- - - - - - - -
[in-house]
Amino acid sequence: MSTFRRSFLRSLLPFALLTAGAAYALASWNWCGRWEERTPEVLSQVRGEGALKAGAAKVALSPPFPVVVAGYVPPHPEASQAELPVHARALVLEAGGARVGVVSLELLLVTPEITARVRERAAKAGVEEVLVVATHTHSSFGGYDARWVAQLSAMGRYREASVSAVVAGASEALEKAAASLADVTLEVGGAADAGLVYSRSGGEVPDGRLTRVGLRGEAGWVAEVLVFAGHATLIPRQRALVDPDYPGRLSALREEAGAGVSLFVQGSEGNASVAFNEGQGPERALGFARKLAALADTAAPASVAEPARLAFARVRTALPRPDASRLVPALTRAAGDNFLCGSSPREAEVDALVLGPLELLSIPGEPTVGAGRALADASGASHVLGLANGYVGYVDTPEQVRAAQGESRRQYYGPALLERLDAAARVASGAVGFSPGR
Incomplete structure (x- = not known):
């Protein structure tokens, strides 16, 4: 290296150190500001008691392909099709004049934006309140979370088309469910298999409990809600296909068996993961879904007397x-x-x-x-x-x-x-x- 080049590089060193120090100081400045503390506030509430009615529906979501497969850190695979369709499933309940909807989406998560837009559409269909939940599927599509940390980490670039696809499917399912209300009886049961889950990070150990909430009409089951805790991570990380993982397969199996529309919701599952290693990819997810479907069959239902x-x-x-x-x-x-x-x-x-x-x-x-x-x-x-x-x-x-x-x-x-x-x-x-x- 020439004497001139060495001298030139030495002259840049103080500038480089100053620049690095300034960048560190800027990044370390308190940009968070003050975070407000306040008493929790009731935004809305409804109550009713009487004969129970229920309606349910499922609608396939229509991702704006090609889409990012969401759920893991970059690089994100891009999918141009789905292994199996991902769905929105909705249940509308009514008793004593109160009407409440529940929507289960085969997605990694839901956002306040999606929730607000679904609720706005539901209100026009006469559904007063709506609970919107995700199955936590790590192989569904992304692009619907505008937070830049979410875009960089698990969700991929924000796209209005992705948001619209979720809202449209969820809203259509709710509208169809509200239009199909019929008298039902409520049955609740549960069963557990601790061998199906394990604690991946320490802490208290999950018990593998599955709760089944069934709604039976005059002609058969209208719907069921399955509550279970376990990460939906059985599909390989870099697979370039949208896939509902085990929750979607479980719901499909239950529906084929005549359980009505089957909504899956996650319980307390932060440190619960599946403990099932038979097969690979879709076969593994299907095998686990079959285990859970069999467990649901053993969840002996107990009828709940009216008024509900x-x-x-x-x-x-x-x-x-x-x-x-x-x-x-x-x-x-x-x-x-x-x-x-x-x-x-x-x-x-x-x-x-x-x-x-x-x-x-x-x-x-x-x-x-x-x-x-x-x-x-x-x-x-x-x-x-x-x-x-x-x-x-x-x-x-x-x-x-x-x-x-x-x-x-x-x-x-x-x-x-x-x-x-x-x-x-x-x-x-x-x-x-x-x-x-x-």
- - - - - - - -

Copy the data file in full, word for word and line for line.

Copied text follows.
[in-house]
Amino acid sequence: MSTFRRSFLRSLLPFALLTAGAAYALASWNWCGRWEERTPEVLSQVRGEGALKAGAAKVALSPPFPVVVAGYVPPHPEASQAELPVHARALVLEAGGARVGVVSLELLLVTPEITARVRERAAKAGVEEVLVVATHTHSSFGGYDARWVAQLSAMGRYREASVSAVVAGASEALEKAAASLADVTLEVGGAADAGLVYSRSGGEVPDGRLTRVGLRGEAGWVAEVLVFAGHATLIPRQRALVDPDYPGRLSALREEAGAGVSLFVQGSEGNASVAFNEGQGPERALGFARKLAALADTAAPASVAEPARLAFARVRTALPRPDASRLVPALTRAAGDNFLCGSSPREAEVDALVLGPLELLSIPGEPTVGAGRALADASGASHVLGLANGYVGYVDTPEQVRAAQGESRRQYYGPALLERLDAAARVASGAVGFSPGR
Incomplete structure (x- = not known):
């Protein structure tokens, strides 16, 4: 290296150190500001008691392909099709004049934006309140979370088309469910298999409990809600296909068996993961879904007397x-x-x-x-x-x-x-x- 080049590089060193120090100081400045503390506030509430009615529906979501497969850190695979369709499933309940909807989406998560837009559409269909939940599927599509940390980490670039696809499917399912209300009886049961889950990070150990909430009409089951805790991570990380993982397969199996529309919701599952290693990819997810479907069959239902x-x-x-x-x-x-x-x-x-x-x-x-x-x-x-x-x-x-x-x-x-x-x-x-x- 020439004497001139060495001298030139030495002259840049103080500038480089100053620049690095300034960048560190800027990044370390308190940009968070003050975070407000306040008493929790009731935004809305409804109550009713009487004969129970229920309606349910499922609608396939229509991702704006090609889409990012969401759920893991970059690089994100891009999918141009789905292994199996991902769905929105909705249940509308009514008793004593109160009407409440529940929507289960085969997605990694839901956002306040999606929730607000679904609720706005539901209100026009006469559904007063709506609970919107995700199955936590790590192989569904992304692009619907505008937070830049979410875009960089698990969700991929924000796209209005992705948001619209979720809202449209969820809203259509709710509208169809509200239009199909019929008298039902409520049955609740549960069963557990601790061998199906394990604690991946320490802490208290999950018990593998599955709760089944069934709604039976005059002609058969209208719907069921399955509550279970376990990460939906059985599909390989870099697979370039949208896939509902085990929750979607479980719901499909239950529906084929005549359980009505089957909504899956996650319980307390932060440190619960599946403990099932038979097969690979879709076969593994299907095998686990079959285990859970069999467990649901053993969840002996107990009828709940009216008024509900x-x-x-x-x-x-x-x-x-x-x-x-x-x-x-x-x-x-x-x-x-x-x-x-x-x-x-x-x-x-x-x-x-x-x-x-x-x-x-x-x-x-x-x-x-x-x-x-x-x-x-x-x-x-x-x-x-x-x-x-x-x-x-x-x-x-x-x-x-x-x-x-x-x-x-x-x-x-x-x-x-x-x-x-x-x-x-x-x-x-x-x-x-x-x-x-x-």